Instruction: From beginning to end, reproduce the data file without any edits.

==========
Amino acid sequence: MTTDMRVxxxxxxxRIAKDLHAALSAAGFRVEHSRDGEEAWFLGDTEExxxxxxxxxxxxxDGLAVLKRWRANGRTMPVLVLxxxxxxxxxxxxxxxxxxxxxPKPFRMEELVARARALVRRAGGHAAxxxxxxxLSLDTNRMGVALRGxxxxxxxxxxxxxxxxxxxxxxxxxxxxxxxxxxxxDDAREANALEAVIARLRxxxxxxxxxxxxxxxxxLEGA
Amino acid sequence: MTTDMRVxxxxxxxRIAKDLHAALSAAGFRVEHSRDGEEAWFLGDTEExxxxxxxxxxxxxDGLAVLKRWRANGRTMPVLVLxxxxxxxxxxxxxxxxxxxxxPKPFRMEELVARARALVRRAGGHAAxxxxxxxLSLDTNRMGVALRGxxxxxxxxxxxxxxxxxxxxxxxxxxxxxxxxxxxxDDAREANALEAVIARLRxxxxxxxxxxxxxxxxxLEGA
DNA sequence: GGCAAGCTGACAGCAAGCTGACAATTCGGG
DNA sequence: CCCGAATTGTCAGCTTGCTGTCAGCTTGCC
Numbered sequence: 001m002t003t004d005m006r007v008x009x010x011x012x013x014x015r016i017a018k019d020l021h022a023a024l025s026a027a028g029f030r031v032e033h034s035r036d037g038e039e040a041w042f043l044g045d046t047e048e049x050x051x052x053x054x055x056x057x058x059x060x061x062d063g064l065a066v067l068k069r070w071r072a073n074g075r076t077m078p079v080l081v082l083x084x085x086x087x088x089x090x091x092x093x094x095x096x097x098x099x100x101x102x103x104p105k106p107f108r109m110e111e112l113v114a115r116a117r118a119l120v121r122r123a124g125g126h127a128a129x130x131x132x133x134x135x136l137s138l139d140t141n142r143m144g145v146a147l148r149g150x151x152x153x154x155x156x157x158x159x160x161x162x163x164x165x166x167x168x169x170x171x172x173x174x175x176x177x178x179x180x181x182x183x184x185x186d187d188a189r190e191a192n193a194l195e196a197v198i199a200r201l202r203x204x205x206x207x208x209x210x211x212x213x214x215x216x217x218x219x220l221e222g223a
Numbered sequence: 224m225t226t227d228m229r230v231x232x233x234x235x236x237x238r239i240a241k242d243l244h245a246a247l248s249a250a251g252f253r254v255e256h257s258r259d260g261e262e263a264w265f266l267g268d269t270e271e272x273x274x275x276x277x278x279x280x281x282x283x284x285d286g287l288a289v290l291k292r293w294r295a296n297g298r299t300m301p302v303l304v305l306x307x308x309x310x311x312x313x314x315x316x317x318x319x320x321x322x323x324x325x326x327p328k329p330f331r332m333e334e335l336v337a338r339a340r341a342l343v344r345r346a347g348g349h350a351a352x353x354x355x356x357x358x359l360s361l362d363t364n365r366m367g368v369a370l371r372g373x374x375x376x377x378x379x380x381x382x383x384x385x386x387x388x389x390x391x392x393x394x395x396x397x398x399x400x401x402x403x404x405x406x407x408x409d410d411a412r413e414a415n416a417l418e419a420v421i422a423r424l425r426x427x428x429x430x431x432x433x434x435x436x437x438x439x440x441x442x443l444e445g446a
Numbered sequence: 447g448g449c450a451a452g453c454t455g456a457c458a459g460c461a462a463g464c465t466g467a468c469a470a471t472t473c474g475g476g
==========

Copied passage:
Amino acid sequence: MTTDMRVxxxxxxxRIAKDLHAALSAAGFRVEHSRDGEEAWFLGDTEExxxxxxxxxxxxxDGLAVLKRWRANGRTMPVLVLxxxxxxxxxxxxxxxxxxxxxPKPFRMEELVARARALVRRAGGHAAxxxxxxxLSLDTNRMGVALRGxxxxxxxxxxxxxxxxxxxxxxxxxxxxxxxxxxxxDDAREANALEAVIARLRxxxxxxxxxxxxxxxxxLEGA
Amino acid sequence: MTTDMRVxxxxxxxRIAKDLHAALSAAGFRVEHSRDGEEAWFLGDTEExxxxxxxxxxxxxDGLAVLKRWRANGRTMPVLVLxxxxxxxxxxxxxxxxxxxxxPKPFRMEELVARARALVRRAGGHAAxxxxxxxLSLDTNRMGVALRGxxxxxxxxxxxxxxxxxxxxxxxxxxxxxxxxxxxxDDAREANALEAVIARLRxxxxxxxxxxxxxxxxxLEGA
DNA sequence: GGCAAGCTGACAGCAAGCTGACAATTCGGG
DNA sequence: CCCGAATTGTCAGCTTGCTGTCAGCTTGCC
Numbered sequence: 001m002t003t004d005m006r007v008x009x010x011x012x013x014x015r016i017a018k019d020l021h022a023a024l025s026a027a028g029f030r031v032e033h034s035r036d037g038e039e040a041w042f043l044g045d046t047e048e049x050x051x052x053x054x055x056x057x058x059x060x061x062d063g064l065a066v067l068k069r070w071r072a073n074g075r076t077m078p079v080l081v082l083x084x085x086x087x088x089x090x091x092x093x094x095x096x097x098x099x100x101x102x103x104p105k106p107f108r109m110e111e112l113v114a115r116a117r118a119l120v121r122r123a124g125g126h127a128a129x130x131x132x133x134x135x136l137s138l139d140t141n142r143m144g145v146a147l148r149g150x151x152x153x154x155x156x157x158x159x160x161x162x163x164x165x166x167x168x169x170x171x172x173x174x175x176x177x178x179x180x181x182x183x184x185x186d187d188a189r190e191a192n193a194l195e196a197v198i199a200r201l202r203x204x205x206x207x208x209x210x211x212x213x214x215x216x217x218x219x220l221e222g223a
Numbered sequence: 224m225t226t227d228m229r230v231x232x233x234x235x236x237x238r239i240a241k242d243l244h245a246a247l248s249a250a251g252f253r254v255e256h257s258r259d260g261e262e263a264w265f266l267g268d269t270e271e272x273x274x275x276x277x278x279x280x281x282x283x284x285d286g287l288a289v290l291k292r293w294r295a296n297g298r299t300m301p302v303l304v305l306x307x308x309x310x311x312x313x314x315x316x317x318x319x320x321x322x323x324x325x326x327p328k329p330f331r332m333e334e335l336v337a338r339a340r341a342l343v344r345r346a347g348g349h350a351a352x353x354x355x356x357x358x359l360s361l362d363t364n365r366m367g368v369a370l371r372g373x374x375x376x377x378x379x380x381x382x383x384x385x386x387x388x389x390x391x392x393x394x395x396x397x398x399x400x401x402x403x404x405x406x407x408x409d410d411a412r413e414a415n416a417l418e419a420v421i422a423r424l425r426x427x428x429x430x431x432x433x434x435x436x437x438x439x440x441x442x443l444e445g446a
Numbered sequence: 447g448g449c450a451a452g453c454t455g456a457c458a459g460c461a462a463g464c465t466g467a468c469a470a471t472t473c474g475g476g